Vanessa Guillén . . .
The story is developing like a grotesque crime novel. Except the characters are the same age as college kids. Vanessa Guillén was 20, as was her alleged killer. The killer’s accomplice is only 22. There is much we don’t know, but prior to the discovery of PFC Guillén’s remains and the suicide of her murderer Specialist Aaron Robinson, Guillén had become a cause célèbre for advocates who have for years been demanding accountability from the military with regard to its treatment of women.
Prior to PFC Guillén’s disappearance, she had reported to her family that she was being sexually harassed by “a Sergeant.” She told her mother that this same Sergeant (still unnamed) had gotten away with it before when other women had complained about him. SPC Robinson was not a Sergeant, but a Specialist (one step below a “buck sergeant,” the lowest non-commissioned officer rank in the Army).
Her disappearance, after having hired an outside attorney based on Guillén’s and her mother’s lack of confidence in the Army’s own “accountability” apparatus, was immediately associated with her complaints. Whether Robinson’s actions — beating Vanessa Guillén to death in the arms room with a hammer, stuffing her body into a trunk, dismembering her body, encasing the pieces in concrete and burying them — were related to the grievance against “the Sergeant” is still unclear. It is believed that Robinson had once slipped into the shower room with her as a voyeur.
Robinson killed Guillén on April 22, then killed himself as he was about to be arrested on June 30, sixty-nine days after the deed. His girlfriend, Cecily Anne Aguilar, is the estranged wife Keon Aguilar, a soldier from Jackson, Michigan. Cecily Aguilar is now in custody. She assisted Robinson in hacking the body to pieces with an axe and a machete. They’d unsuccessfully attempted to burn the remains along with the large plastic equipment tote Robinson used to transport the body. Failing that, they buried the dismembered parts in three holes. Several days later, they returned to dig up the remains and re-buried them after pouring concrete into the holes.
The story only promises to become more lurid as more is revealed, the stuff of salacious Lifetime TV movies.
For those with little to no experience of the American military, let me disabuse you of popular impressions. I spent more than two decades in the Army. The armed forces are not a bunch of robotically-programmed, lock-stepping, highly-disciplined warriors. Three years ago, Guillén and Robinson were fighting acne in the eleventh grade. This is the predominant demographic in the armed forces, where the majority will serve a single three-to-four-year hitch and hit the road.
Imagine people you know who are the same age. They are obsessed with imaginary futures, music, and sex. They are subject to the most fucked up norms regarding heterosexual relations, which is doubly fucked up in the military.
Let me tell you something about mixed male-female units in the Army. Behind the scenes, they are MTV soap operas. And the junior NCOs, like the still unnamed Sergeant, are only just promoted out of the ranks of the non-supervisory ranks from E-1 to E-4. One day prior to their promotions, they were just one of the drone bees, caught up already in the off-duty dramas.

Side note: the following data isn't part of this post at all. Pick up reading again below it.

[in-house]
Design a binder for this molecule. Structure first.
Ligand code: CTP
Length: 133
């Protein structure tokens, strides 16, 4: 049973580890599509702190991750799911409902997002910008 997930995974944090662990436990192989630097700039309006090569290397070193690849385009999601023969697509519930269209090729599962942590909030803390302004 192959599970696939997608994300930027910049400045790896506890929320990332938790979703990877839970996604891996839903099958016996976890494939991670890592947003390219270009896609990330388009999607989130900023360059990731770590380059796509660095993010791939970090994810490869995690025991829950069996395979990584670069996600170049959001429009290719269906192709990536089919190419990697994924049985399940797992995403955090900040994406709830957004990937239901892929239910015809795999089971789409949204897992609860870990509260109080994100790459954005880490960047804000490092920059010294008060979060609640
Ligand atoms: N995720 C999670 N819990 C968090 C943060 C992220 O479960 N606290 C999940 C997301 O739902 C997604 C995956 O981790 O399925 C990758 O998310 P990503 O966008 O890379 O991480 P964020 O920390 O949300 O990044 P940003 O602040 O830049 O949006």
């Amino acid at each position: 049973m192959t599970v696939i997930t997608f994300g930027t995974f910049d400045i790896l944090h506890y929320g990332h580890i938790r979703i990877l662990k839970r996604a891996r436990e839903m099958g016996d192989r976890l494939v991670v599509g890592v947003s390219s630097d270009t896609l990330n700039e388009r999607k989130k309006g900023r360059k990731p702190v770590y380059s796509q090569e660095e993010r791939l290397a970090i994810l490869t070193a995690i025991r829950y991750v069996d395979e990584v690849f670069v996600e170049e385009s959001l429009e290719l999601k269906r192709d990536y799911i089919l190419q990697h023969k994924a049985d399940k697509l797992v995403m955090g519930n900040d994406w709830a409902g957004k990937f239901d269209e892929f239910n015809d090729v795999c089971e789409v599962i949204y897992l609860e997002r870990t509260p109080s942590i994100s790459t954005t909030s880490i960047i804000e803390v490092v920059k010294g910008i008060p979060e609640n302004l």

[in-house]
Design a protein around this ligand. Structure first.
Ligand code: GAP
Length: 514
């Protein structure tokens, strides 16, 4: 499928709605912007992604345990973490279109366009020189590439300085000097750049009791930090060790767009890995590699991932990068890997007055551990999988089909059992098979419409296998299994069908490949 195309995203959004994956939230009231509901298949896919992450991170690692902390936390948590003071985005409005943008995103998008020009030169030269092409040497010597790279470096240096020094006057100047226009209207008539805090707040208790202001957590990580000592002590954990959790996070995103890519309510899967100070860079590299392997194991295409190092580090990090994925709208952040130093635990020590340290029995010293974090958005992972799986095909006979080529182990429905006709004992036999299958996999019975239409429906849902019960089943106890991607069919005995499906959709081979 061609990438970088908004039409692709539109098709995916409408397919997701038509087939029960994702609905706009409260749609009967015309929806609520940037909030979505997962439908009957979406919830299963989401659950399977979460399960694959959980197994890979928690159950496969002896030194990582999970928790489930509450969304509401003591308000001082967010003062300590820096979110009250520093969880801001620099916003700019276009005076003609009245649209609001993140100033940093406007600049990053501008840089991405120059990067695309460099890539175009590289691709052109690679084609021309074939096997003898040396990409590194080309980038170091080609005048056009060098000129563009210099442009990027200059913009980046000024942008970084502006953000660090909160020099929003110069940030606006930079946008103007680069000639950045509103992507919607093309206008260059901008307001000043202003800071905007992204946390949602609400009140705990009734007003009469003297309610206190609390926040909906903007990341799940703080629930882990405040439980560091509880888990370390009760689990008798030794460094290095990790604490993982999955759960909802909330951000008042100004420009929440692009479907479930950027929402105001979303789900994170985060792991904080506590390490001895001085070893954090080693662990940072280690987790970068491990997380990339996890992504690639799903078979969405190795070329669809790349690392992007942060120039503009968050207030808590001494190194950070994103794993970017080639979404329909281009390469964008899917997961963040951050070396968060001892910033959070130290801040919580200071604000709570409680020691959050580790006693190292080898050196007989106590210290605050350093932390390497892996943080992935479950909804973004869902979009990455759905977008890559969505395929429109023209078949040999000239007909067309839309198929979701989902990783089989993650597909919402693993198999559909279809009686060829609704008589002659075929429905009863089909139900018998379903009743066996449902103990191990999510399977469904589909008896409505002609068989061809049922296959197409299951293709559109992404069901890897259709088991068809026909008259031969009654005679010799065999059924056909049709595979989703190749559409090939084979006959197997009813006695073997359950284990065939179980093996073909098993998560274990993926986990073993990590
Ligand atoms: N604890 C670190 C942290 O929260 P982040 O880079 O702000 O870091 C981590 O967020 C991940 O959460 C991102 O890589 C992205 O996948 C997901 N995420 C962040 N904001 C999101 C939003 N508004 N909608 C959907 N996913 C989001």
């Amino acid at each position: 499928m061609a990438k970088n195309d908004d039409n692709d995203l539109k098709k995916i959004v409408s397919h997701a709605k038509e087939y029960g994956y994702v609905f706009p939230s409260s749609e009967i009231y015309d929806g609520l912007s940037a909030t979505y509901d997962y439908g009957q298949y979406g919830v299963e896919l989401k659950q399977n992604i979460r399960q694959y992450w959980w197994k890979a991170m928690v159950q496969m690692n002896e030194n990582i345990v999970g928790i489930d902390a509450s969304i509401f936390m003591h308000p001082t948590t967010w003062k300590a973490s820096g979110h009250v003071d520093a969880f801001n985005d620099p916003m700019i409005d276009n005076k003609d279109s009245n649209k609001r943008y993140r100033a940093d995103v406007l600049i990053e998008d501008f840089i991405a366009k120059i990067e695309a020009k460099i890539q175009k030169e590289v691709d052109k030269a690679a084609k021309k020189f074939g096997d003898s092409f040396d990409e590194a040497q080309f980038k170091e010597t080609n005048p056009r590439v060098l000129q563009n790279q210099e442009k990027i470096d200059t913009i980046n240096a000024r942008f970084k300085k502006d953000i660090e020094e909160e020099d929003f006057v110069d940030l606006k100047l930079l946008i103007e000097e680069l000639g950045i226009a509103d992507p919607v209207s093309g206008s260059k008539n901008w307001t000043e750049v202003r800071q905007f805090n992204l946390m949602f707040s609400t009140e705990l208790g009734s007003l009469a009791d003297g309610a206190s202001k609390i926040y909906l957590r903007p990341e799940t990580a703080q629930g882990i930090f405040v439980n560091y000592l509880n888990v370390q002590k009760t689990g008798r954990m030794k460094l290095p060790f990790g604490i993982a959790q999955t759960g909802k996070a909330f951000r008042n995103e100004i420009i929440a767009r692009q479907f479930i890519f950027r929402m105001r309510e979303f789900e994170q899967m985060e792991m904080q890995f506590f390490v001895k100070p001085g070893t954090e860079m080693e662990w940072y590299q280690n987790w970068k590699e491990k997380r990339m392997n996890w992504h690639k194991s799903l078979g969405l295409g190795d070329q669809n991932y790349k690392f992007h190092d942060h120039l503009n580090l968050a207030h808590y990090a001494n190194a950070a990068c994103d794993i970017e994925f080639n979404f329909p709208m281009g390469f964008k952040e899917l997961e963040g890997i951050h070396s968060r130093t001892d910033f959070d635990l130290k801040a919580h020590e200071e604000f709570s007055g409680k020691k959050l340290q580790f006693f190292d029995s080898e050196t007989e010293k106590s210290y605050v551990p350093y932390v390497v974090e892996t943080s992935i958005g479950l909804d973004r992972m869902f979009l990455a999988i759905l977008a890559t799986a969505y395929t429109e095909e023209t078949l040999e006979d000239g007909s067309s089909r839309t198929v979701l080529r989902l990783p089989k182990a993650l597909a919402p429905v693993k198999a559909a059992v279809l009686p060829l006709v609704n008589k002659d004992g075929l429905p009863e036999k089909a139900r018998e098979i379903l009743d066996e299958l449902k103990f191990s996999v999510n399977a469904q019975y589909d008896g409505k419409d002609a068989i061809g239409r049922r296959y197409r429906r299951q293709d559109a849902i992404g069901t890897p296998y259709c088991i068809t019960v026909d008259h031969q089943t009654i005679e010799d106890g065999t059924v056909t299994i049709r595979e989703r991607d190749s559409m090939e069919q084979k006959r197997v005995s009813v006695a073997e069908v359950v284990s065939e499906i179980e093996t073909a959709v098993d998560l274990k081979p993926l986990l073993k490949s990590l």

Military units are like very small towns. There’s a steady stream in these units of gossip (the favorite past time of most soldiers, male and female), about who’s zoomin’ who; and there are intense attractions, revulsions, rivalries, and jealousies that boil like stew on the stove. These hormone-heavy, post-adolescent units are frequently — behind their public faces — emotional pressure cookers.
Now, let’s take a step back and look at the context — that is, the institutional culture within which these dramas unfold.
The Army is 14 percent women and 86 percent men. Historically, it has been a male supremacist institution; and all its traditional norms were developed inside that paradigm. This is unremarkable, which is a problem, because what goes unremarked goes unexamined.
First of all, even after the official gender integration of combat arms units (infantry, armor, artillery, special operations), women are fewer than one percent of combat arms soldiers, even though combat arms constitute the majority of personnel. The overwhelming majority of women are concentrated then in non-combat support specialties. Vanessa Guillén was a weapons repair specialist. So the relative number of women in the more thoroughly integrated support units is often well above the overall ratio of 14 percent.
Forty-four percent of enlisted soldiers are married; and speaking from experience and from anecdotal information from people I know on active duty now, adultery is very common. Not only are married soldiers stepping out with other soldiers’ spouses, they are often stepping out with other unmarried troops as well as civilians. While this is not uncommon among the same age cohort outside the military, extended deployments, long unpredictable hours, and very close personal contact exacerbate the problem in the armed forces.
Then there’s another variable. Power.
Men already exercise enormous power — as men — over women outside the military, especially in the realm of heterosexual relations. That power is amplified inside the military by the great majority of men in a culture of machismo and misogyny. That power is further amplified by the military’s incestuous self-policing mechanisms and the military hierarchy’s allergy to bad publicity.
If a woman complains about sexual harassment or sexual assault in the Army — my alma mater — the majority of her male comrades are already predisposed to dismiss women’s grievances on this account, which creates a situation where even the few men who might believe otherwise are afraid to speak out for fear of being ostracized or even subject to retaliation. And retaliation against complainants is extremely common . . . because they can. Soldiers have to submit their grievance to the selfsame chain of command within which resides the offender — often a supervisor, sometimes the same supervisor who writes her enlisted evaluation reports.